The “Day Girls”- those lucky girls who actually lived at home – raced off at the end of each school day to their families, decent meals, hugs and comfy beds whilst us boarders stayed at school. It was in this heady atmosphere of teenage hormones and blistering boredom that I opened the aforementioned card. He had written his words of admiration on lilac paper and I do believe he must have poured a whole bottle of perfume on it. I was horrified! I could hear my friends snigger but could also sense their watchful longing. When would they get one they wondered? I on the other hand hoped I would never get one again! Romance – Pah!
As boarders in an all girls’ school, sightings of the opposite sex were rare and enough to get our hearts fluttering. The thought of romance and boyfriends started to permeate the hormone drenched atmosphere – nearly everyone wanted one or at least pretended they did. By this time I had taken to secretly reading books by the notorious writer Harold Robbins (look him up! 70s filth!) and was being informed by the pill popping, sex addicted, drug and drink fuelled fantasy lives of his shady heroes and wild heroines (so much more raucous and exciting than Fifty Shades of Bore!) I have no idea how I came across those books in the sterile atmosphere of school or how I managed to hide them from “matron” but I must have been quite wily.
With all those lurid and decadent images racing through my mind, my very funny friend Jo and I decided to write a novel. We spent a whole month fighting over the first page, both determined to make our mark on it and equally determined to include some “naughty” scenes of our own- what were we thinking? We had absolutely no idea- we were just two completely naieve 14 year olds with only heresay to go on and our imagination as fuel! We finally gave up our burning desire to be literary heroines but not without the thought of romance brewing in our hearts.
My poor maths teacher took the brunt of this. He was one of only two men who taught at the school (brave, brave man!). I remember with shame (and I have to admit, some mirth) how he used to teach me and Jo (yes her again- definitely a trouble maker!) and my great friend Rozanne, an after school club entitled “Skills of the Darkroom.” We certainly had some skills to show him! He was a bit lacking in the looks department, was probably in his late 20s and was sweet and very shy. Each time he turned off the lights to process the image (which was at least 10 times a session) we took it in turns to pinch his bottom! The poor man! He never, ever mentioned it (and we did it every single week) whilst we giggled relentlessly.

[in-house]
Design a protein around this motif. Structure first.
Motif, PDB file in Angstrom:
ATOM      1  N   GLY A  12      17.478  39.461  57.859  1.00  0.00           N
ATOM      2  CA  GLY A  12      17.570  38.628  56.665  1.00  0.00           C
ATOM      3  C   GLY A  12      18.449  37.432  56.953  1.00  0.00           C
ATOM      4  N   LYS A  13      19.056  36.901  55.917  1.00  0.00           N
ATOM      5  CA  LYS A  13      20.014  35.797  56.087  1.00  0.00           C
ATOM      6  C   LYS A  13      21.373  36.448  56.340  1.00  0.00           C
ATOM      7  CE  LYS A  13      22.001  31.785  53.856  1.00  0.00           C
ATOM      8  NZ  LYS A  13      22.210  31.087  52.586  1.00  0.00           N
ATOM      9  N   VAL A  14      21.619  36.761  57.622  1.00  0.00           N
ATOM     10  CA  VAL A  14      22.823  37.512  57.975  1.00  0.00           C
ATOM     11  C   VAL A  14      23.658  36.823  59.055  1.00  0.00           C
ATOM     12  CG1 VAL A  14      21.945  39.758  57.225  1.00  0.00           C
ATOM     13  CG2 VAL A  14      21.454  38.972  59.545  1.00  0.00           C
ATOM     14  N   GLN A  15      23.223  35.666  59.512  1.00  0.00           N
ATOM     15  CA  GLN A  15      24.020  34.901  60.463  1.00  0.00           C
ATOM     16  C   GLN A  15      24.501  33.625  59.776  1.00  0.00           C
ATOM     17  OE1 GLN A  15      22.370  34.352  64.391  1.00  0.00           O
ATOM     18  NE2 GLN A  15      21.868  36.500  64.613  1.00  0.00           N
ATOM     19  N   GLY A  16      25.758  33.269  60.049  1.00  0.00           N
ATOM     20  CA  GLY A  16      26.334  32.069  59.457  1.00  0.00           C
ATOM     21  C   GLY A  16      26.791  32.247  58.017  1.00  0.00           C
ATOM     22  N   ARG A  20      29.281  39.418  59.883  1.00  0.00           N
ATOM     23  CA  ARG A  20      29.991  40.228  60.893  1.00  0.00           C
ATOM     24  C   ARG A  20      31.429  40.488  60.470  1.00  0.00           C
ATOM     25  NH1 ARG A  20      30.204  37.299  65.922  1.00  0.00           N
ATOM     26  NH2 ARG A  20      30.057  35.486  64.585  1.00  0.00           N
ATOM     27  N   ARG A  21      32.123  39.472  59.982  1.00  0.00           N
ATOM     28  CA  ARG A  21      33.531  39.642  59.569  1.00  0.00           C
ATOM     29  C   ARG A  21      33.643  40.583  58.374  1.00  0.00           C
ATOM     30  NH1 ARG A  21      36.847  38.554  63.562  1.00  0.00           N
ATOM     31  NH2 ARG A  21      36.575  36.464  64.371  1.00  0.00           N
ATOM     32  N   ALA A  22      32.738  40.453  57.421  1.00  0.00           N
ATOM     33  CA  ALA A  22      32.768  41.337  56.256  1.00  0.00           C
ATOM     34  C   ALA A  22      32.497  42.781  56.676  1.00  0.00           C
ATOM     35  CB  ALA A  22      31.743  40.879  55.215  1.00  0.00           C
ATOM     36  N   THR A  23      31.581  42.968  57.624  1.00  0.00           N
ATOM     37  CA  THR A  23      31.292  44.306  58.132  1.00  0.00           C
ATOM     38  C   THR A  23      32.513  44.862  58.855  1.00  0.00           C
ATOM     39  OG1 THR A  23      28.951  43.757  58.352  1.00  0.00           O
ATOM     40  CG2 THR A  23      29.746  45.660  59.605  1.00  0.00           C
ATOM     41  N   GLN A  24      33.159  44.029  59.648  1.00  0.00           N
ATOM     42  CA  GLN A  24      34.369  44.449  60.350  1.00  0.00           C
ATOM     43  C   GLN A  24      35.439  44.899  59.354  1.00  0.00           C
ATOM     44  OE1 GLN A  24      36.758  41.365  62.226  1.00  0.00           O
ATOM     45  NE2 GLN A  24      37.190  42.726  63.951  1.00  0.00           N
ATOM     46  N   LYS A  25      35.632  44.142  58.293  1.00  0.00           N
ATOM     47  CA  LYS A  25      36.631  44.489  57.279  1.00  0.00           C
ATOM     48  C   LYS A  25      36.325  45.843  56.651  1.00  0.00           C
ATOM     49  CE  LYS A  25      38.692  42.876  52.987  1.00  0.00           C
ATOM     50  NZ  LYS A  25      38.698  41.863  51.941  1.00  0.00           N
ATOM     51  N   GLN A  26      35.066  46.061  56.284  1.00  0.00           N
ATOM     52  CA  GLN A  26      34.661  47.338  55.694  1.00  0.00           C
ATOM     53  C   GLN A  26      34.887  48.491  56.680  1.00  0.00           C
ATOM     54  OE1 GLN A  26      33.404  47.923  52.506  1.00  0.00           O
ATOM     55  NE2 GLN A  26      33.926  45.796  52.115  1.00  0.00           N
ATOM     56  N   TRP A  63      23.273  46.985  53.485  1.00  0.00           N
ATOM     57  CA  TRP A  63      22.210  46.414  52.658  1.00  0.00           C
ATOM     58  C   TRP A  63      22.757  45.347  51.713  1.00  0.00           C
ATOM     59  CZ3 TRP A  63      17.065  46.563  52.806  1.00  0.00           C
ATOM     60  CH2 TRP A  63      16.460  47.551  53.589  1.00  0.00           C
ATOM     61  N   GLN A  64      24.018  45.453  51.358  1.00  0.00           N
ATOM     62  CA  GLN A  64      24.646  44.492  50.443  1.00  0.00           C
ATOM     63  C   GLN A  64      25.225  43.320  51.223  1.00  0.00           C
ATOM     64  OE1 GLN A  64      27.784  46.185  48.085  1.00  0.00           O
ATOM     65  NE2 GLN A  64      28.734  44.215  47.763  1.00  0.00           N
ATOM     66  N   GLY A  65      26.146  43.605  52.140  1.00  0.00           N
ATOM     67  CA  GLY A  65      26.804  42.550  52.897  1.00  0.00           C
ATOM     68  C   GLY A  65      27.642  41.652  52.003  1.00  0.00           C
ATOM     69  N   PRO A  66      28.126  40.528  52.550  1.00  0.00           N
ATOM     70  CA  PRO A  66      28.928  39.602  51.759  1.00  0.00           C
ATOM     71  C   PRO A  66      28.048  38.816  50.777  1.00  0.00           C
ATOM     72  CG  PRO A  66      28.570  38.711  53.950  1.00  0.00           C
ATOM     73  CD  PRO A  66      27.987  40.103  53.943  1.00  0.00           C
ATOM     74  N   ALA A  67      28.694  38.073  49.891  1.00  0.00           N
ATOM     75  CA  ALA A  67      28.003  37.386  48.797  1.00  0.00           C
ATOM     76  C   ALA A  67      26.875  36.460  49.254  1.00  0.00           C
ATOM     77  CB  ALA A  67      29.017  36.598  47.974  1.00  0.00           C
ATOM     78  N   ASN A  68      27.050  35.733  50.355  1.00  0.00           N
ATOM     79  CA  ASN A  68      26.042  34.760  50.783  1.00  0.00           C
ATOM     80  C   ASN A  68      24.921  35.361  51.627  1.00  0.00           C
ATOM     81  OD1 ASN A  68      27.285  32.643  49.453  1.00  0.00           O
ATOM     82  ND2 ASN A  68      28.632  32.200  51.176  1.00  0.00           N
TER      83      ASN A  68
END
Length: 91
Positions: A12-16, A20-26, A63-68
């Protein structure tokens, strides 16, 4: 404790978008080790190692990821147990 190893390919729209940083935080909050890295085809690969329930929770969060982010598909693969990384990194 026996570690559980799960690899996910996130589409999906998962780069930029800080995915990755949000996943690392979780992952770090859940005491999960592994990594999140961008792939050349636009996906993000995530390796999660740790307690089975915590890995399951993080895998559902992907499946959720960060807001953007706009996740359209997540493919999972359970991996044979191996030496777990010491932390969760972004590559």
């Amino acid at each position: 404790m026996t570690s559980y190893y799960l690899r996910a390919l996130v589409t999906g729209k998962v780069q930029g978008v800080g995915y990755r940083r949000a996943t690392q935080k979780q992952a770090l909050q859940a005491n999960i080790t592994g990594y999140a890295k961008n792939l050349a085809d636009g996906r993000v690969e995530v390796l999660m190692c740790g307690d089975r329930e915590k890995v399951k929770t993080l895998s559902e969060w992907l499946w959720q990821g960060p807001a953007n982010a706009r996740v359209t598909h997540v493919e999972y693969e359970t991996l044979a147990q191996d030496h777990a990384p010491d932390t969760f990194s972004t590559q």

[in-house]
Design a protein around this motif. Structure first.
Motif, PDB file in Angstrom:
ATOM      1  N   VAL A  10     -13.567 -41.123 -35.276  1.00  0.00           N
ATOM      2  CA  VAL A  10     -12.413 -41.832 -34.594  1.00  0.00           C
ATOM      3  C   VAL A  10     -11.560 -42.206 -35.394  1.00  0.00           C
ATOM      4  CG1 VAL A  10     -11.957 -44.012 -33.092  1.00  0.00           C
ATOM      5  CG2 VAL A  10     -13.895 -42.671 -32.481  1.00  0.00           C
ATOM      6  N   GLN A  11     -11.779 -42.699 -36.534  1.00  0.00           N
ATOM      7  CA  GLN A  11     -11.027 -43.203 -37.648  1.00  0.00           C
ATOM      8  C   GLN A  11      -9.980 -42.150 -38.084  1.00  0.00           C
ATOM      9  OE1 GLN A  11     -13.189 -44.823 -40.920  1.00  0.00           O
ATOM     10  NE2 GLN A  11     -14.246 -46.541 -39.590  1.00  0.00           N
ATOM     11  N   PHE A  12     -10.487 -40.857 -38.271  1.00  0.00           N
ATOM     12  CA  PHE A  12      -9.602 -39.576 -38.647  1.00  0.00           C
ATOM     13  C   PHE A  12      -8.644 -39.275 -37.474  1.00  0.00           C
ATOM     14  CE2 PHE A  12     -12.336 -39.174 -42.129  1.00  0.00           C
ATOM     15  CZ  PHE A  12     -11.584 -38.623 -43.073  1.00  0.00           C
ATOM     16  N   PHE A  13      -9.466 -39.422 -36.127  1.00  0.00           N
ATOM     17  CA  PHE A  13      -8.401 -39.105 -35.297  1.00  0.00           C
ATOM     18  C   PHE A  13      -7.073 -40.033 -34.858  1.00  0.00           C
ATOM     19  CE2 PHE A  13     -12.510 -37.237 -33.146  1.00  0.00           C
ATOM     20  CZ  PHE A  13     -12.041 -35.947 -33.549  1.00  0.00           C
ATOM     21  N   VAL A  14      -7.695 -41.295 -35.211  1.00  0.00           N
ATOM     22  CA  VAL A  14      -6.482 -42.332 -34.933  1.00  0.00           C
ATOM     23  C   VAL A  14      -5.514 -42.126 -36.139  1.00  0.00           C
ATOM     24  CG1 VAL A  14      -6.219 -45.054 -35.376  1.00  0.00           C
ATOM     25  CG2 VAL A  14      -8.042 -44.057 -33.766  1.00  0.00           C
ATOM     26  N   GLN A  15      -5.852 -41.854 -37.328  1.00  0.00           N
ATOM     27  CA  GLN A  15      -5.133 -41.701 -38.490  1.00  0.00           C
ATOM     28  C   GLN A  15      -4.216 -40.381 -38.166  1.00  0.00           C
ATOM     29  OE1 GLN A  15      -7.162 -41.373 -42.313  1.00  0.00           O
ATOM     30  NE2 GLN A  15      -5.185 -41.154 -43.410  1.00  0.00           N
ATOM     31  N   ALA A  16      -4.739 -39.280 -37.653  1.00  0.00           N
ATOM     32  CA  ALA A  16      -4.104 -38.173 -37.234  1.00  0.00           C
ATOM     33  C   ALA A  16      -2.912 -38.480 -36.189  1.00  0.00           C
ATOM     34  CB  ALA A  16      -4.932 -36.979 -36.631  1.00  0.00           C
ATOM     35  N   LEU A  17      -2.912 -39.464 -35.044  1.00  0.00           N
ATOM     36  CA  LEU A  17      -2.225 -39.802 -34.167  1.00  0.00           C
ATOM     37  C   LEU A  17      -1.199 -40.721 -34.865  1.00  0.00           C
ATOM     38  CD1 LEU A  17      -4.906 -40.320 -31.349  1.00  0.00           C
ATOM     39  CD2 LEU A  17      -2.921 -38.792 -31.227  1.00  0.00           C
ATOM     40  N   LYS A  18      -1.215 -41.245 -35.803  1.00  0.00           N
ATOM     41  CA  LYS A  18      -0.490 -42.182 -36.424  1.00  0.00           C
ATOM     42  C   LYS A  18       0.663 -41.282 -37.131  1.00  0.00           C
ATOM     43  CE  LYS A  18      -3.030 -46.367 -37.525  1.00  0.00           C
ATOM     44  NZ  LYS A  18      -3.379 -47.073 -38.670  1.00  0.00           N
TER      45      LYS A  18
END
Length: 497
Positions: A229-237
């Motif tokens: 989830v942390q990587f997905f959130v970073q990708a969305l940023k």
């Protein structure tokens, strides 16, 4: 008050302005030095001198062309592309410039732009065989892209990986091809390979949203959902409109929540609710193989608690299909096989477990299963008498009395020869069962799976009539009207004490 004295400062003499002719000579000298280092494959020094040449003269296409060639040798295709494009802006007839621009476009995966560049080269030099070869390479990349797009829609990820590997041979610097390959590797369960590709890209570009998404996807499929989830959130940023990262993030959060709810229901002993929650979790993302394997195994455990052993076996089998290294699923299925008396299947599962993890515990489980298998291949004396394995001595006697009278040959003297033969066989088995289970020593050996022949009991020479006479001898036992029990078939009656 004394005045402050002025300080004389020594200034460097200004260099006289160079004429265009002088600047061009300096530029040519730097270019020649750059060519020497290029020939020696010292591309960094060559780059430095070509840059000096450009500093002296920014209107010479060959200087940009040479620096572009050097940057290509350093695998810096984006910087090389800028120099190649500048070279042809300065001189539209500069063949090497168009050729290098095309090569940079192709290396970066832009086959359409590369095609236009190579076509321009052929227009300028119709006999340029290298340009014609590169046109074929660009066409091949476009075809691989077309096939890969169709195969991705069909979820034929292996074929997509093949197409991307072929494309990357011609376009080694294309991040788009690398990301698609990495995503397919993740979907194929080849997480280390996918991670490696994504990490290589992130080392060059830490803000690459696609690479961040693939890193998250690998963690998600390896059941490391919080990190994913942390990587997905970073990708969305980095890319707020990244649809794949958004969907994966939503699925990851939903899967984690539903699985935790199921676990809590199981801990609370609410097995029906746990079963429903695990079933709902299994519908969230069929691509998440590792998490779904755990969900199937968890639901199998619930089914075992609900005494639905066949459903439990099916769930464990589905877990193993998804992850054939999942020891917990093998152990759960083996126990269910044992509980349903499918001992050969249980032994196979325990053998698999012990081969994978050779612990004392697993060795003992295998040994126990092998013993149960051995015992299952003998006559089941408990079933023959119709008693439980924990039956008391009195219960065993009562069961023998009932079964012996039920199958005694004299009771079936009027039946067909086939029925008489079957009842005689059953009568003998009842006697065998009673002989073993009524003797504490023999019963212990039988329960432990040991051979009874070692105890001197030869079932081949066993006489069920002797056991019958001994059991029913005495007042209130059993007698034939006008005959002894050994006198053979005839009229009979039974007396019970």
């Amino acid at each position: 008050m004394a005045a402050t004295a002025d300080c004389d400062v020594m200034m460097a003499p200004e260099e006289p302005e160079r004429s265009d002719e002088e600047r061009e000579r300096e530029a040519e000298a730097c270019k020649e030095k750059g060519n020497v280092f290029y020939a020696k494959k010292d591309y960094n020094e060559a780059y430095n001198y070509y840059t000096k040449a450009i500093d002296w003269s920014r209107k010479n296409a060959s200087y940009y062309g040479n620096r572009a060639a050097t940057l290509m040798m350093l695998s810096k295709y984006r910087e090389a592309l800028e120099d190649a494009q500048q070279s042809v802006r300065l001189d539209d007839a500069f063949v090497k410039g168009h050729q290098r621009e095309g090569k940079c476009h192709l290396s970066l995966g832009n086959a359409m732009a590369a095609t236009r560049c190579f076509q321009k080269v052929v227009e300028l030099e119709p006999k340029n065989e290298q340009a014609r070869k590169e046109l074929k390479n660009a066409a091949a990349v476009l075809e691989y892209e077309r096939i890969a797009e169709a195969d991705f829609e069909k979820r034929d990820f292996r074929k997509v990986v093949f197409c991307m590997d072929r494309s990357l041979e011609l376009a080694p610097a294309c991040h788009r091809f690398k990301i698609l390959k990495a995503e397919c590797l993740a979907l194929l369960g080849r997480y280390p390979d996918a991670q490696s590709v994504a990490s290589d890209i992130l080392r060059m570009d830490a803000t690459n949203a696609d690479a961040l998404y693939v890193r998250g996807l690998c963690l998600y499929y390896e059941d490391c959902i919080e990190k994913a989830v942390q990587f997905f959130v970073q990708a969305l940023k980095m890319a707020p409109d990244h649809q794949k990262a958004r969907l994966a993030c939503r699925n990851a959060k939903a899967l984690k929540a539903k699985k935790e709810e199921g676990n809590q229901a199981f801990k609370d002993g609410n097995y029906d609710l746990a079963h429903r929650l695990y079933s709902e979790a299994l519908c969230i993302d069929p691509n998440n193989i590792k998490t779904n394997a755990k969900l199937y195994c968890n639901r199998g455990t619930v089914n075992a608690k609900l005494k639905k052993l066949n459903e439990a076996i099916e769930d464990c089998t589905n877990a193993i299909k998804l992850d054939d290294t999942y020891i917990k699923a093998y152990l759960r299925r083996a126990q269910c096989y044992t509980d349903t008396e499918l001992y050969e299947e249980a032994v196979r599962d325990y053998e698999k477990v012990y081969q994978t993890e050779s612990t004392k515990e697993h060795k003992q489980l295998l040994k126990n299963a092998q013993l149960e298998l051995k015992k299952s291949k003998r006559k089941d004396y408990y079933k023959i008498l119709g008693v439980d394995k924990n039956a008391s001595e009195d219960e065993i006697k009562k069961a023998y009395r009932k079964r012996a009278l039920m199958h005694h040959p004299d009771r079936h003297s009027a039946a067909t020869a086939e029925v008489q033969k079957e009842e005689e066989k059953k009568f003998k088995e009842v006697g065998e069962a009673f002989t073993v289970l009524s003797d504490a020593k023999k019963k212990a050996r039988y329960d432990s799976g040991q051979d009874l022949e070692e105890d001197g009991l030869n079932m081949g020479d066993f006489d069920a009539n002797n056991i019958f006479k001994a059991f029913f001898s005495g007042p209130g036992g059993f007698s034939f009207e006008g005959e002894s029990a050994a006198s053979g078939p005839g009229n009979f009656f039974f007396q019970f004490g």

Yes, I admit we were awful, but when you lock up loads of girls together, you have to expect some mischief!
Now you might be able to tell from these stories that I wasn’t particularly romantic. On my journey through life, until I met Leo, young men did try and lure me with flowers and romance, one even hired a yellow rolls royce to take me out – but I wasn’t having any of it!
When I finally found Leo I was so relieved that he had no idea at all that he was supposed to display his affection like that. He gave me flowers if he saw some he liked but never on Valentines. The thought of us two going for a romantic dinner with candles surrounded by other couples being “Romantic” would just make us cringe. Even on our honeymoon we went out of our way to avoid the typical, exotic, far flung location with secluded beaches, private bungalows and nightly rose petals adorning our beds. Instead Leo chose Turkey (Air miles! He was so chuffed!) where we filled our days with action packed adventure – from mountain climbing and yoga to swimming and sight seeing. We even joined a tour group who were very surprised we were with them – “Are you sure this is your honeymoon?” they kept asking “Really sure? Here with us?” “Yes” we laughed, “It’s perfect!” We then hired a car to race about the coast line, stopping to stay the night in little places we liked the look of. Yes, this was much more “my cup of tea”.
I am happy to say I think my 14 year old self would definitely approve of the woman I’ve become. So if you have kids (nieces/ nephews/ God kids), take a good look at them now (especially teenagers) as they are already showing you clear signs of exactly who they are going to be!
Are you worried about life? Do you think it’s all going belly up and/or down the tubes? Are you looking for help and a clear answer amidst the unfolding chaos? Yes? Well you won’t find one here BUT you will find some stories that might just make you feel better about your own life, even if it is at my expense!
So it started like this; here we were staying in a fancy big house for our opening number in Chicago. I’d like to say that we were happy and cheery and embracing change but that would be a huge false positive and my current mood embraces honesty. So we were moaning, homesick and having adjustment issues. In desperation, Leo decided to fly in my sister Gemma and her son George to help us settle in. She has a soothing and gentle personality and laughs joyfully at ridiculous things, which is deeply infectious- so yes, her presence was an immediate and very gratefully received tonic.
Chicago, through her eyes, sparkled and shone and we all felt hopeful again. We took ourselves off to the lake, swam, frolicked on the beaches, hired bikes and ate in the elegant Lincoln Park cafe near the famous Chicago zoo. We spent hours in the incredible Art Institute, admired the sculptures in Millenium Park and wandered around our neighbourhood feeling happy and jolly.
We noted how smiley and friendly the people of Chicago were and our spirits lifted. We could make something of this time here! It was ok. Then they left and we fell into doom and despair. When would we see them again? We didn’t know and our hearts bleeted like lost lambs looking for safety.
A few sullen days later, I heard a huge shout from the scarily stylish sitting room in our air B and B house. “Mummy” screamed Anoushka “there’s water pouring through the ceiling” I ran in and there it was pouring all over the yellow velvet chairs. We dragged them to one side and found a bucket, but not before it had throughly soaked me.